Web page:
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. 2020 Feb 27;20(1):87.
doi: 10.1186/s12888-020-02498-z.

Self-reported Symptoms of Depression, Anxiety and Stress in Portuguese Primary School-Aged Children

Free PMC article

Self-reported Symptoms of Depression, Anxiety and Stress in Portuguese Primary School-Aged Children

Diogo Costa et al. BMC Psychiatry. .
Free PMC article


Background: Symptoms of depression, anxiety and stress experienced during childhood might have a negative impact on development. This study explores factors associated with such symptoms among Portuguese primary school-aged children.

Methods: A sample of children (n = 1022, mean age = 8.77 years old) was recruited in public and private schools from the cities of Coimbra, Lisbon and Porto, Portugal. The children's version of the Depression, Anxiety and Stress Scale (DASS-C) was self-administered. Multivariate logistic regression models were fitted to measure associations (expressed as Odds Ratio, OR and 95% Confidence Intervals, CI) between each DASS-C subscale, dichotomized by its 4th vs. 3rd or less quartiles (symptoms increase with scores), and covariates: child sex, age, socioeconomic status (SES), sports activity beyond school, children self-assessed health status, child and mother's body mass index and mother's DASS scores.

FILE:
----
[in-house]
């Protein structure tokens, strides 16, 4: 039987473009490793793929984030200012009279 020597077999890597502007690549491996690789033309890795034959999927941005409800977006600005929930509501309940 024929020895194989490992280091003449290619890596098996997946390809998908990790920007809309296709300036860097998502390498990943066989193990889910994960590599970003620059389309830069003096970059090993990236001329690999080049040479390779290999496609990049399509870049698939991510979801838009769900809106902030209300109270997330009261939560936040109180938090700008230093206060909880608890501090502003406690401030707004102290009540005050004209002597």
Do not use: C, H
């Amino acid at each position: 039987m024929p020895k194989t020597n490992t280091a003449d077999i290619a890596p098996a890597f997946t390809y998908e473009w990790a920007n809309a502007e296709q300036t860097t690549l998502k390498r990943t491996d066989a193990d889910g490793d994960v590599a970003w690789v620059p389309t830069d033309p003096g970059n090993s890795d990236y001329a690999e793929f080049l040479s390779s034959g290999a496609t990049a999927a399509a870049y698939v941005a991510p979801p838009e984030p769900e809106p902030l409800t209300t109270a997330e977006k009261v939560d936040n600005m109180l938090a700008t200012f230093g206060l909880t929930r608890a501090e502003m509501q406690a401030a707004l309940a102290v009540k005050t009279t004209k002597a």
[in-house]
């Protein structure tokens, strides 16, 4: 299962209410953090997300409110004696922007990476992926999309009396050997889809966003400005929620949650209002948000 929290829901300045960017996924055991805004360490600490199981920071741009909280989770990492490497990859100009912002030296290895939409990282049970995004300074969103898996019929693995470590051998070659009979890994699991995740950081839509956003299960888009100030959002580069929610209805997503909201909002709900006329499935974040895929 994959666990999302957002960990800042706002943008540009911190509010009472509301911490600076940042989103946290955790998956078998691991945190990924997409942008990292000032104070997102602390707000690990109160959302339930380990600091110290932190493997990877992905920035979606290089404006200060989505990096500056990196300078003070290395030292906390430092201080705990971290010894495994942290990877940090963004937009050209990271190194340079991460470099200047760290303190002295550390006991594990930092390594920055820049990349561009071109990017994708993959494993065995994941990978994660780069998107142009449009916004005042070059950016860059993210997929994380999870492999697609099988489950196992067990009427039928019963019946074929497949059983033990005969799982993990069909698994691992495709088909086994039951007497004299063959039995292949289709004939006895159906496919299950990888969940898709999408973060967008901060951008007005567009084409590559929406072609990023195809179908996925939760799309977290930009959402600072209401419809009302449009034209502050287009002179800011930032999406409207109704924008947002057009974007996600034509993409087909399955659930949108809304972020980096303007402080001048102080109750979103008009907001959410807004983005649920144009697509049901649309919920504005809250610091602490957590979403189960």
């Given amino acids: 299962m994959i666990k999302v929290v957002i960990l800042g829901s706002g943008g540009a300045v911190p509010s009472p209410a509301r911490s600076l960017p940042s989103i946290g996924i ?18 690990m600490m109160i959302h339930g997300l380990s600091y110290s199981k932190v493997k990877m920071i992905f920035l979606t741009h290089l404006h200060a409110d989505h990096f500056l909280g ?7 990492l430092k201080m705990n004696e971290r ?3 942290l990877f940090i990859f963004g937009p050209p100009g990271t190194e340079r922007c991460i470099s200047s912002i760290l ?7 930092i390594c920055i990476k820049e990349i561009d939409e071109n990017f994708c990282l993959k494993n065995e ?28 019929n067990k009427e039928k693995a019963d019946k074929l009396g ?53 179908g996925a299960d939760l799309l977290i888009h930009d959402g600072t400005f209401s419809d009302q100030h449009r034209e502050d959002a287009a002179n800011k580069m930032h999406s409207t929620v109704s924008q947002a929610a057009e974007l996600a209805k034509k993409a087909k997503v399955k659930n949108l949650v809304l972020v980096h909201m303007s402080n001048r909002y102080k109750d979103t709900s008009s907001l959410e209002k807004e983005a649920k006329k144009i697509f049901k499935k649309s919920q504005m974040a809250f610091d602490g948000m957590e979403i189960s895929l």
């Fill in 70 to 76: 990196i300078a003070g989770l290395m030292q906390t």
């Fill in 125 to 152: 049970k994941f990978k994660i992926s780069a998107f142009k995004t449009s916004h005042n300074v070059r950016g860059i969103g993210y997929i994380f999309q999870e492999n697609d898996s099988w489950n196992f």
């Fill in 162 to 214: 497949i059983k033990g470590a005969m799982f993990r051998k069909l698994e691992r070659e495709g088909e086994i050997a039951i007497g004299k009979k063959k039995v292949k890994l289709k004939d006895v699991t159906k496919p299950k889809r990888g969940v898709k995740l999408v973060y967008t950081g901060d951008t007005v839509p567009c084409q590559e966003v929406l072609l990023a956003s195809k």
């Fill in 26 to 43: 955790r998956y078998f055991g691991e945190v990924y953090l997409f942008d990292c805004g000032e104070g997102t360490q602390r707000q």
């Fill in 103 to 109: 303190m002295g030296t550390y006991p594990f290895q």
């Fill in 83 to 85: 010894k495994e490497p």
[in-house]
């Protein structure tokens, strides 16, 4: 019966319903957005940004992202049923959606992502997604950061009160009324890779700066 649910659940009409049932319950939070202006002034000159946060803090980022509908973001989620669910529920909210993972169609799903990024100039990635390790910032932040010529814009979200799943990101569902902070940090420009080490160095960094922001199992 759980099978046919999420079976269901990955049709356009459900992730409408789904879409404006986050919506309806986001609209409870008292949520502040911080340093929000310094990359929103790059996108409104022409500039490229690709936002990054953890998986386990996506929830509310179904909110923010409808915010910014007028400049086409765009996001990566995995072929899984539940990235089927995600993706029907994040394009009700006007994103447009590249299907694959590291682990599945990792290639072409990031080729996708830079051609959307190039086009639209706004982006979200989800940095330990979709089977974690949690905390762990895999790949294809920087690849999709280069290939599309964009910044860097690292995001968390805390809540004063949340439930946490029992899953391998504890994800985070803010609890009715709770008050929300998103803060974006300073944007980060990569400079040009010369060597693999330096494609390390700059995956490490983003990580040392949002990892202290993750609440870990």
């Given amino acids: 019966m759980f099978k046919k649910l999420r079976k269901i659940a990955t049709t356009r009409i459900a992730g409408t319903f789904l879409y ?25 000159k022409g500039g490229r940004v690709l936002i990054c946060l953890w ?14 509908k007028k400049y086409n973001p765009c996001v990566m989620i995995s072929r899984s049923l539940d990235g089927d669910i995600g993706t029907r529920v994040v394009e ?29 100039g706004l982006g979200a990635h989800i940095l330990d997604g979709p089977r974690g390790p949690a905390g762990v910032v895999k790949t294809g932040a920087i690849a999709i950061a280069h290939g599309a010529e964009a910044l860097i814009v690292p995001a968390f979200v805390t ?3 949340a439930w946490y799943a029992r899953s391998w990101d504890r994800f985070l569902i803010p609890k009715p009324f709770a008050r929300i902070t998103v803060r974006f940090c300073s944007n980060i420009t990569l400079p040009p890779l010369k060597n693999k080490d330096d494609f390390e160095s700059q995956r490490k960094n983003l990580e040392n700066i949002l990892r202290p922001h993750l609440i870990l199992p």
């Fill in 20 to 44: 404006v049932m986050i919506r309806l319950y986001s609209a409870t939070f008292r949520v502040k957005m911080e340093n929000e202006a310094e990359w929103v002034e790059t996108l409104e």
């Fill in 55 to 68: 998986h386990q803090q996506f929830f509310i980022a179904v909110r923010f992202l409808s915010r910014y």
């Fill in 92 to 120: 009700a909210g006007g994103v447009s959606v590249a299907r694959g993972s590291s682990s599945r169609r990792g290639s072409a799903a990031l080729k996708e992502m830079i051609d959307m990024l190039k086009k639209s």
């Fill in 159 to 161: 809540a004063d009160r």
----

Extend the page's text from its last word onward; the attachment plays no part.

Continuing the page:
Results: Age was negatively associated with anxiety symptoms (adjusted OR, 95% CI: 0.70, 0.57-0.87) and girls, compared to boys, presented lower odds of depressive and stress symptoms (adjusted OR, 95% CI: 0.65, 0.47-0.92 and 0.57, 0.41-0.80, respectively). A low socioeconomic status was associated with more frequent symptoms of stress (adjusted OR, 95%CI for low compared to high SES: 1.61, 1.01-2.56). Children with poorer self-assessed health status and whose mothers scored higher in the DASS also presented significantly higher odds of scoring in the 4th quartile (vs. 3rd or less) of the three DASS-C subscales.

Conclusions: These results suggest the need to tailor preventive efforts targeting childhood mental health symptoms.

Keywords: Anxiety; Children; Depression; Determinants; Primary-school; Stress.

Conflict of interest statement

The authors declare that they have no competing interests.

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